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Review: Logitech PowerShell iOS controller and battery - Destructoid




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Logitech PowerShell  




Review: Logitech PowerShell iOS controller and battery photo
Review: Logitech PowerShell iOS controller and battery

6:00 PM on 12.16.2013

A lack of analog sticks hurts this decent option


The time has finally come for iOS gaming to shine with those of you who hate touch controls. For years mobile gaming has alienated those who can't stand playing things without tactile feedback, so iOS 7 and various peripheral manufacturers have answered the call.

I already gave the MOGA Ace Power a pretty positive review, so how does the Logitech Powershell fare?

Product: Logitech PowerShell
Manufacturer: Logitech
Supported devices: iPhone 5, iPhone 5s, iPod touch (5th gen)
MSRP: $99.99

The Powershell is a sleeker controller option, which nixes four triggers in favor of two, and removes dual analogs in favor of one d-pad. In short, it's more like an SNES pad than a fully-fledged modern design, which has its own advantages and drawbacks.

It supports the iPhone 5, iPhone 5s, and 5th Generation iPod Touches, but strangely, there's no iPhone 5c support. Like the MOGA Ace Power it also is a lightning-based attachment -- meaning there is no Bluetooth, and no compatibility with iPads. All you can do is slide your iPhone into the Powershell, just like the other current competitors.

Having said that, the design is near flawless. Somehow, it's super easy to fit a device into it, and even easier to pop it out. It's not only snug against the hardware without any feelings of looseness, but all you have to do to remove it is press in the rear camera slot from behind, and it just slides out. Unfortunately headphone support isn't plug and play, as you need to fit in a proprietary adapter first before plugging in headsets.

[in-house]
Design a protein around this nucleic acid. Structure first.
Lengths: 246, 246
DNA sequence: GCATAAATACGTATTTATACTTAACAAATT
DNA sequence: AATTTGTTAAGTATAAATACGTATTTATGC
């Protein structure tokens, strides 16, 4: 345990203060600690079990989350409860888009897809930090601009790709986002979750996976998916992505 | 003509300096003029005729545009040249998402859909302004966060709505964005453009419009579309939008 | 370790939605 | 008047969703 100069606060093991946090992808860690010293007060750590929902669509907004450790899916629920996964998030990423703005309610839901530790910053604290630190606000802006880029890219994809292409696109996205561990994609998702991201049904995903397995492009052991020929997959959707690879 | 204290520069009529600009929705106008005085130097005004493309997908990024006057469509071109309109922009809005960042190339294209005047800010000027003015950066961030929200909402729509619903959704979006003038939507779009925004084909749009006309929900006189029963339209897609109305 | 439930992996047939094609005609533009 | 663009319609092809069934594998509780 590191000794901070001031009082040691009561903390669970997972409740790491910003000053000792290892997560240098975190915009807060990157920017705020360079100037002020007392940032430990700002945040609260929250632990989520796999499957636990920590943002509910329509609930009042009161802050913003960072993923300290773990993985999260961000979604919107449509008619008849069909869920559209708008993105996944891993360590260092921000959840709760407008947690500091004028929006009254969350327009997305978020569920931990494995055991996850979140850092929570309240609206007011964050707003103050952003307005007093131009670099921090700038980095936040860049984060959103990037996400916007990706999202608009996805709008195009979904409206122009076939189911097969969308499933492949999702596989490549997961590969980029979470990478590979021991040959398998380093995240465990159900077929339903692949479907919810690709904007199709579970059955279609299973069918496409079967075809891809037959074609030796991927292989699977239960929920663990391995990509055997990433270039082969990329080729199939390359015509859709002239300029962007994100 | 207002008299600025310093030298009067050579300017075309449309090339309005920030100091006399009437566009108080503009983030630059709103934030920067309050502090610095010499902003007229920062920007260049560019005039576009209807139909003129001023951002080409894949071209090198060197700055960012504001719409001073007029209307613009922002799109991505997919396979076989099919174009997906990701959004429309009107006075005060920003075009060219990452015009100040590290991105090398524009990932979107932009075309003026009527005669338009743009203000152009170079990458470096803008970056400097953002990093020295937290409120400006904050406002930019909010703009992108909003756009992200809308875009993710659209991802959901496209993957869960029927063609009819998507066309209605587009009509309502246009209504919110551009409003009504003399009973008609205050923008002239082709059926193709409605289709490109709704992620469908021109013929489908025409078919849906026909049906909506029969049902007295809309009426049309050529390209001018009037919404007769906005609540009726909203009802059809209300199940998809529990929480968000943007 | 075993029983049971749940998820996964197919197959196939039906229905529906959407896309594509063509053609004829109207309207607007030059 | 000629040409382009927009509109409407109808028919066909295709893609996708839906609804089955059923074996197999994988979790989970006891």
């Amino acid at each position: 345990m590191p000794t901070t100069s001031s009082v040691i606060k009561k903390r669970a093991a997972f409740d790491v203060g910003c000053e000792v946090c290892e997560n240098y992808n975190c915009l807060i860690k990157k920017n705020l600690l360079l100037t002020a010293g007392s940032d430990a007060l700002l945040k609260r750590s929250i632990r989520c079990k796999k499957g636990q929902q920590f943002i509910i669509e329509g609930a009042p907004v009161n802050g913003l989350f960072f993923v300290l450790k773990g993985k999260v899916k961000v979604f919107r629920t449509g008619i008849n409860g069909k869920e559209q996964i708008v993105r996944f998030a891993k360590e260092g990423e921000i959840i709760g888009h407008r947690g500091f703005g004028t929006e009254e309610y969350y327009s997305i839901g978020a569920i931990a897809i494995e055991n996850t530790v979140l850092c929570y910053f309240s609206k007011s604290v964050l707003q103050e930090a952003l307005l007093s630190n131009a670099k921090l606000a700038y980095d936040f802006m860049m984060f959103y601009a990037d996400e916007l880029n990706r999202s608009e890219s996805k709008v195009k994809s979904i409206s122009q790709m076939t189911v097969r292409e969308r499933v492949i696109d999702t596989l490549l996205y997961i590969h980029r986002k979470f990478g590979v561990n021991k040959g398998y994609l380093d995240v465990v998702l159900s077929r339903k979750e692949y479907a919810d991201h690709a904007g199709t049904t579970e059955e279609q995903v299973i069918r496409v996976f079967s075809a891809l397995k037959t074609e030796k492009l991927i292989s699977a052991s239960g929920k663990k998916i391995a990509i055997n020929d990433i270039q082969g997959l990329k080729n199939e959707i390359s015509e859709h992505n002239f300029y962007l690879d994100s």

So how do the buttons work with actual videogames? Quite well, actually. The d-pad and face buttons felt sticky at first, but I broke them in with roughly an hour of use. Beyond those controls there's a much-needed pause button, and a switch that triggers your iPhone's power toggle. It's extremely simple to use right out of the box, as what you see is what you get.

Bastion was the absolute king of my tests with the PowerShell, and I really have to commend the developers there for their impeccable iOS 7 update. Everything operates exactly how it should just like the console version, and the button mapping was perfect. I was only going to test out the game for a few hours for the purposes of this review, and ended up beating the game due to how smooth it was.

But in the end, I think it's tough to justify the cost when the device doesn't work with every game. If you look at the design again, you'll notice there are only two triggers, and a lack of a second analog stick (or first, for that matter). That means when you play FPS games on the Powershell, you'll have to take your right thumb and place it on the screen to aim while you use the left pad for movement.

The Shell really shows its stuff for games like Bastion, Limbo, or LEGO The Lord of the Rings -- games that don't need two analog sticks or four triggers. Because of the lack of these essential functions though, Logitech should have made the device cheaper than its competition to compensate. When compared to the MOGA MFi controller (which has four triggers, dual analogs, and a dpad), it loses its luster a bit simply because it doesn't work for every single game.

For FPS games in particular, I felt the sting pretty hard. When testing out Neon Shadow and Dead Trigger 2, it was annoying to have to still use the touchscreen, when I could just bust out the MOGA instead. It was doable, but not ideal on a $99 piece of equipment. A few games also don't have full iOS 7 support and only lazily implemented partial mapping, so you may find titles that are supposed to work with an analog stick that's simply not there.

Like the MOGA the Powershell is also a battery booster, and it can charge your iPhone while it rests inside. Using a USB cable you'll charge the device, which cleverly lights up the back of it, and pulses the logo while it powers up -- when it's fully lit, you have a max charge. Although you can't see the exact battery level at any given time, my tests with the Powershell yielded roughly an hour more of charging time compared to the MOGA. It's not much, but it's something, and the battery aspect works like a charm.

I really enjoyed my time testing the Powershell, and its sleek design makes it easy to get an iPhone in and out. It also doesn't look very conspicuous in public, if that matters to you. In the end though, you need to make the choice between a lack of analogs entirely in the Shell and the implementation of two in the MOGA, and almost every time I'm going to side with the latter. If the Powershell drops in price though, it's a solid option for a subset of iOS titles.






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